Former directorFormer United Public Workers State Director Gary Rodrigues, who was convicted on federal embezzlement and money laundering charges in November, is now battling an allegation that he sexually harassed a UPW employee.
of UPW accused
of sex harassment
The union recently settled
complaint against him
By Rick Daysog
Attorneys who have represented Rodrigues said the alleged harassment did not occur.
Jeanne Endo, a senior accountant with the UPW, filed the sexual harassment complaint against the UPW in April with the U.S. Equal Employment Opportunity Commission.
Details of the complaint are not public, but people familiar with Endo's case said she alleged that Rodrigues sexually harassed her several times at the UPW's offices in Kalihi.
Endo's complaint said the incidents occurred during a five-year period ending in 2001, sources said.
The complaint is not the first in which a UPW employee has claimed that she was harassed by Rodrigues. The union recently settled a 1998 sexual harassment complaint by Rodrigues' ex-girlfriend and former secretary, Georgietta Carroll.
Both Carroll and Endo testified against Rodrigues in his 17-day embezzlement and money laundering trial.
Rodrigues could not be reached for comment, but an attorney who defended the former labor leader in both the criminal trial and the sexual harassment case said the incidents alleged by Endo did not take place.
Another former attorney for Rodrigues said that Endo filed the complaint after a supervisor raised questions about her work.
Endo and her attorney, David Simons, had no comment. Simons also handled Carroll's complaint.
Tim Riera, the director of the EEOC's Hawaii office, had no response, citing federal confidentiality rules.
The EEOC, which enforces sexual harassment and discrimination issues in the workplace, has the authority to open an investigation or dismiss the matter.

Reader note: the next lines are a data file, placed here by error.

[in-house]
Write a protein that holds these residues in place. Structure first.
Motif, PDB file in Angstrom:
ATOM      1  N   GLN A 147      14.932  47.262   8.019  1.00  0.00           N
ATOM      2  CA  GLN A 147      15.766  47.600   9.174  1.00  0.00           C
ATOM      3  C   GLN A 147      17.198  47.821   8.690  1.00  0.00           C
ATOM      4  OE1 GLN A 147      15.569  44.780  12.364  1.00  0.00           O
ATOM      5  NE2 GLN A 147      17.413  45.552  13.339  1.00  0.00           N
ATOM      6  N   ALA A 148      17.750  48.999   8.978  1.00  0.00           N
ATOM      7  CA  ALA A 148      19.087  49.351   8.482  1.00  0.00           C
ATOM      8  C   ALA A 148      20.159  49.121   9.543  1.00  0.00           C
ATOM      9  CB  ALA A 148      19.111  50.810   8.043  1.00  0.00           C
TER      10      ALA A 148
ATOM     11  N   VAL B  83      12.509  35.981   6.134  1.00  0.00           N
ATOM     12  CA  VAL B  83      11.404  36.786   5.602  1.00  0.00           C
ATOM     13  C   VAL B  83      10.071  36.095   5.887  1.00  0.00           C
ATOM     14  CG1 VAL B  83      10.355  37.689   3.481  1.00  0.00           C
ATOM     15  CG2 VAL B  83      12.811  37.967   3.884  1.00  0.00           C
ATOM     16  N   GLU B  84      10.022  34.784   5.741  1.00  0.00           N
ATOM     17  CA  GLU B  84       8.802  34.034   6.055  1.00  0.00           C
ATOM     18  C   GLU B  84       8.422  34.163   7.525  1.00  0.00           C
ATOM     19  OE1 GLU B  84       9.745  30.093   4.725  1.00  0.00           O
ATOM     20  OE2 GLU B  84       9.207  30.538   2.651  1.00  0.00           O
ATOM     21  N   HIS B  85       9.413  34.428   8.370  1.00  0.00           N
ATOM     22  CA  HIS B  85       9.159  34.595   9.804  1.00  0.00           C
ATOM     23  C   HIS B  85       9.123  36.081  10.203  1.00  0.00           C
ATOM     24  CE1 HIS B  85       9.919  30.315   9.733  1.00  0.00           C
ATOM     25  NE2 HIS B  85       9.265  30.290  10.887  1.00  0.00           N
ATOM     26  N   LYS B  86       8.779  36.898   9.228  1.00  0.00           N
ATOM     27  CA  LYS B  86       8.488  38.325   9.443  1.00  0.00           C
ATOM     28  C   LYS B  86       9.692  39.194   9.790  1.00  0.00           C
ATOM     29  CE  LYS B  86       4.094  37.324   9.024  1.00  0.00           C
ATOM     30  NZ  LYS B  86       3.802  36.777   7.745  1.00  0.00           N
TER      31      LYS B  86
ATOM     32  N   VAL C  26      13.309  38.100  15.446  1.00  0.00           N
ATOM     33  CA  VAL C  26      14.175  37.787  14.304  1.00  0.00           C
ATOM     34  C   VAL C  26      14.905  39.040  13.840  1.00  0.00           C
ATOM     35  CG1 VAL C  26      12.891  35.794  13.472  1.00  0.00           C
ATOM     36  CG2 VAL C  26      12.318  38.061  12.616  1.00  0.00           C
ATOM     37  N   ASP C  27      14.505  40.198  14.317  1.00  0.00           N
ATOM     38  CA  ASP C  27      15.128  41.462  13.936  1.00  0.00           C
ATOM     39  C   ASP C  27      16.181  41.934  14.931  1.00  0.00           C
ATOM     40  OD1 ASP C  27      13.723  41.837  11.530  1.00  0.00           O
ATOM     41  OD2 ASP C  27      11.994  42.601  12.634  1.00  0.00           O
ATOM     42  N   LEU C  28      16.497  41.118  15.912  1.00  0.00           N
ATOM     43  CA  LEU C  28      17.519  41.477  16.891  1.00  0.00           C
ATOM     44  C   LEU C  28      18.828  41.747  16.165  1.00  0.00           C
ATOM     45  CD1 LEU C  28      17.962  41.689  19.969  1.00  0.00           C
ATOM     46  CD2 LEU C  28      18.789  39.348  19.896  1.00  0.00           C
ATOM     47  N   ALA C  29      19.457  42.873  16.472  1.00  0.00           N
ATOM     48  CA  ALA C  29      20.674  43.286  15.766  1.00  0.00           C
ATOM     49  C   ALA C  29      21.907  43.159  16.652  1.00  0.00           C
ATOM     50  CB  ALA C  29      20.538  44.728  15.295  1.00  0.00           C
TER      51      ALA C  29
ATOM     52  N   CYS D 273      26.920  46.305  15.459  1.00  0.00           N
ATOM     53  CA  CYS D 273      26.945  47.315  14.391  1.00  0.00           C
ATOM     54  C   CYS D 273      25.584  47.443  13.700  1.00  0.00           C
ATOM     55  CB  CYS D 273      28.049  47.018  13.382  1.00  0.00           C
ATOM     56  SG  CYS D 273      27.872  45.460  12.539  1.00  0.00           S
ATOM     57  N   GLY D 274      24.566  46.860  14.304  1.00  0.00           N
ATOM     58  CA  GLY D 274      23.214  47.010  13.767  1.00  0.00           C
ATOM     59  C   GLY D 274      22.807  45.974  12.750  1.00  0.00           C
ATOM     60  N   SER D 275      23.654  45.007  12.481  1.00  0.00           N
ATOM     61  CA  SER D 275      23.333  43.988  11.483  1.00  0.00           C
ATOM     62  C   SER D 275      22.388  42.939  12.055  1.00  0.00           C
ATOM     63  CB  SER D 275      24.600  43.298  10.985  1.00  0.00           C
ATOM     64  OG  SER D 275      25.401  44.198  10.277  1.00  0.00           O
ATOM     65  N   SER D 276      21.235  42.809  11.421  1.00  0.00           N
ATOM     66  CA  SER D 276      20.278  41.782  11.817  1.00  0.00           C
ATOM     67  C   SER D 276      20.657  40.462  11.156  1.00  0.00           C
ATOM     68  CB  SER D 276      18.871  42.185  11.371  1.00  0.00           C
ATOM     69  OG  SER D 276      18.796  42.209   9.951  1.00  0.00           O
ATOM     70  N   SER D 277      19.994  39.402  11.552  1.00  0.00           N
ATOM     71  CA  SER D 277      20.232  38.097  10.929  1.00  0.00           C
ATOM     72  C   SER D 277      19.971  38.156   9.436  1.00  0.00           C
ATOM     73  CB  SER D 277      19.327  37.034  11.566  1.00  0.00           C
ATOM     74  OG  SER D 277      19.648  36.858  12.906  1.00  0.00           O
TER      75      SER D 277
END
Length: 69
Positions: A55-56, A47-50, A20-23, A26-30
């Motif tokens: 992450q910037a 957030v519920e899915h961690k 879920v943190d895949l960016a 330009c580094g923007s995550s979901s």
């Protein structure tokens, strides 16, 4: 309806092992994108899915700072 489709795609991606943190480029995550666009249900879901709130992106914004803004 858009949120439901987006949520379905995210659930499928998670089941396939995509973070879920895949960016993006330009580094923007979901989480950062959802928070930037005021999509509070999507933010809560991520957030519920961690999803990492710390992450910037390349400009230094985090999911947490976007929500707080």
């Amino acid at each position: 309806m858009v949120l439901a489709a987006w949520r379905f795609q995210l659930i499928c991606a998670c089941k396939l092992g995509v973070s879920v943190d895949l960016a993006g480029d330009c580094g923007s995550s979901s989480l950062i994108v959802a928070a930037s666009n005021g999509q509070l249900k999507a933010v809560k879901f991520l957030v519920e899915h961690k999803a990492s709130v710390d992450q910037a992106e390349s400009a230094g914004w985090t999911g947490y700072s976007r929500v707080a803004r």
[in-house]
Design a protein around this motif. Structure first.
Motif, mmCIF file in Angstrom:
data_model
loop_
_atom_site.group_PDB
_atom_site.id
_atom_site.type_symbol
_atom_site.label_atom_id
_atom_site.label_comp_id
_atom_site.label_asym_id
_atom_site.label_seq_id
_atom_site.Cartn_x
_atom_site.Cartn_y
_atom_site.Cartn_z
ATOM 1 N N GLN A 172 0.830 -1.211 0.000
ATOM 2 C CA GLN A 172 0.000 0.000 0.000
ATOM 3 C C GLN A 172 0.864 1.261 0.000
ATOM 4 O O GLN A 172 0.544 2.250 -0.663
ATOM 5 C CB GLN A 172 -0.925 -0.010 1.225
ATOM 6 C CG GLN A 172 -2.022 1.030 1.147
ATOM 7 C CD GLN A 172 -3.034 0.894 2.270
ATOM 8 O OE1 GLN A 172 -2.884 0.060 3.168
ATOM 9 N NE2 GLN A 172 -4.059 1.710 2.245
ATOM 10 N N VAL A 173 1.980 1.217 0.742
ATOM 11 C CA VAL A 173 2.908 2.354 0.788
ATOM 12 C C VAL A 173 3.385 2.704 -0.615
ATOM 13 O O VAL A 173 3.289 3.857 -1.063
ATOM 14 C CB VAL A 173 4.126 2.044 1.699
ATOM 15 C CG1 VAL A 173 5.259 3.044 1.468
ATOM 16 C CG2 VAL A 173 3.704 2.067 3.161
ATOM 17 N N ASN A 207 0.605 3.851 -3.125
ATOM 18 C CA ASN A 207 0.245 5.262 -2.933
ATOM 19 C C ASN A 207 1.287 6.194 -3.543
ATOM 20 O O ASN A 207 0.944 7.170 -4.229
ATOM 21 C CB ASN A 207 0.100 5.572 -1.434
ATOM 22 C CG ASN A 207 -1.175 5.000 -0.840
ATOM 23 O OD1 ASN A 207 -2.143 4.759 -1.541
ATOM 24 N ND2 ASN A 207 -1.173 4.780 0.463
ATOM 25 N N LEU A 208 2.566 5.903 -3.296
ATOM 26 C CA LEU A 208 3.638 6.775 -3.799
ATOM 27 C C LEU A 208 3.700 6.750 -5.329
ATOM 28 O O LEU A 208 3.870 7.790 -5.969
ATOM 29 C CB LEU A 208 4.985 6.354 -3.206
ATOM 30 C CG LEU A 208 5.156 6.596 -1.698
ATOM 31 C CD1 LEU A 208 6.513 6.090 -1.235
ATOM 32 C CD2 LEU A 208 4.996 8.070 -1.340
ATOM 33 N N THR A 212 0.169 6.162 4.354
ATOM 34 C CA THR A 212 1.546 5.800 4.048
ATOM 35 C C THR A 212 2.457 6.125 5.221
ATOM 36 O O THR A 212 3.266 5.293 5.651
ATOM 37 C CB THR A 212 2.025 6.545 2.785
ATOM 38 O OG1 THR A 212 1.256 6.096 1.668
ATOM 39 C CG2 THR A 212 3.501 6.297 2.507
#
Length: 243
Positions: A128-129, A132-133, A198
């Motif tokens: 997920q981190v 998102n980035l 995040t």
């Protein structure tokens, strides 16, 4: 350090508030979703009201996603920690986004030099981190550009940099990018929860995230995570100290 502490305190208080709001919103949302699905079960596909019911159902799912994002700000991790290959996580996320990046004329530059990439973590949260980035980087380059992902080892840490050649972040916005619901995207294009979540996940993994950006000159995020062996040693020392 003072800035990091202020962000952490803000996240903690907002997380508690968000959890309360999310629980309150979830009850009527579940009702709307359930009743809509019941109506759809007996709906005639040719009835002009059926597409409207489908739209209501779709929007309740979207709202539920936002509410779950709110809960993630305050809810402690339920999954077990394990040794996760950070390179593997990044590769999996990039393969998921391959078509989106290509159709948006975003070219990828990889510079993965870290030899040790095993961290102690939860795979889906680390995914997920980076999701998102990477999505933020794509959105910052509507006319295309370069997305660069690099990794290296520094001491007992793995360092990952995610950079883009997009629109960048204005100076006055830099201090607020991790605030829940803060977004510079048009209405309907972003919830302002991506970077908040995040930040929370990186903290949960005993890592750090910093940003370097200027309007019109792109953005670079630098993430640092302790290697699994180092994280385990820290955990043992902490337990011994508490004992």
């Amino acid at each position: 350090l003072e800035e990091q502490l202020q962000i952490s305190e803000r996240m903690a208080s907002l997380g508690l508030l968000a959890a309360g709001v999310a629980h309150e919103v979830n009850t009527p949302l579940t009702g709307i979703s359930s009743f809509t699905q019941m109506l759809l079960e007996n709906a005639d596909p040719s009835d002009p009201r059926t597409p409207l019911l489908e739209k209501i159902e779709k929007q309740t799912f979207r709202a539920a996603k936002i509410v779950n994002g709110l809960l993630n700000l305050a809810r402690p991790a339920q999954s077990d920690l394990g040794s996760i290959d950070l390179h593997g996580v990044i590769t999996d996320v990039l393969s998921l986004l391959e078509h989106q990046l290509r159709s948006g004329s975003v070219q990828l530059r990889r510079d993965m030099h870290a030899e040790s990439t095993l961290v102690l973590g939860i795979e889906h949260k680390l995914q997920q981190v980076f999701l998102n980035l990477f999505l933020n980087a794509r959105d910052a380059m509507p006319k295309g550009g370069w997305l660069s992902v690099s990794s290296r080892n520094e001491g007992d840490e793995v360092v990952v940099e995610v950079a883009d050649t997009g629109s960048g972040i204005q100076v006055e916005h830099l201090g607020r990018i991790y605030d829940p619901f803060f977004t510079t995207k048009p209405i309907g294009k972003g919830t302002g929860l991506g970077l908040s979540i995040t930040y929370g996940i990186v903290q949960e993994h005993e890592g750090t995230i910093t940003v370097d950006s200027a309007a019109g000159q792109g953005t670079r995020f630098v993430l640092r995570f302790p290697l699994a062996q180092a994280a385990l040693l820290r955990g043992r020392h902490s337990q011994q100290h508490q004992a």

If the agency decides to take the case, it can file suit in federal court or seek a settlement with the employer.
The 61-year-old Rodrigues, who had served as state director of the 12,000-member UPW from 1981 until November, had been one of the state's most powerful labor leaders. On Nov. 19, a federal jury found him guilty on 101 counts of embezzlement, money laundering and mail fraud stemming from kickbacks he received from the union's insurers. His daughter, Robin Haunani Rodrigues Sabatini, was convicted on 95 counts.
Rodrigues resigned from his $200,000-a-year job three days after his conviction, and shortly after that, the UPW's mainland parent, the American Federation of State, County and Municipal Employees, suspended the UPW's 34-member board and placed the local union under its control.
Rodrigues, who is free on bail, is scheduled to be sentenced on May 5.
Endo testified in Rodrigues' trial that the union leader destroyed key union records that showed that Rodrigues and his daughter received kickbacks from the union's insurers.
They included documents that listed more than $14,000 in consulting fees paid to Allan Loughrin, Carroll's now-deceased stepfather.
The payments were to cover a loan that Loughrin gave to Rodrigues.
Endo, who saved copies of the records and later presented them to federal prosecutors, also testified that she discovered documents showing that the union's insurers paid about $90,000 in 1996 and 1997 to Sabatini's company, Four Winds RSK Inc.
Endo has been a UPW employee for the past nine years.
Prior to that, Endo served as a controller at United Truck Rental & Leasing Inc. In 1993, she filed a complaint against United Truck Rental, alleging that the company's president subjected her to racial and sexual harassment. The case was settled in 1998.
Endo's complaint comes as the UPW is conducting an extensive audit of its finances in the wake of Rodrigues' conviction.
UPW officials have said the audit would examine retirement, sick leave and unpaid vacation time owed to Rodrigues as well as other financial issues relating to Rodrigues' management of the union.
Peter Trask, the UPW's administrator, declined comment when asked about Endo's complaint, saying it involves personnel issues that are in litigation.
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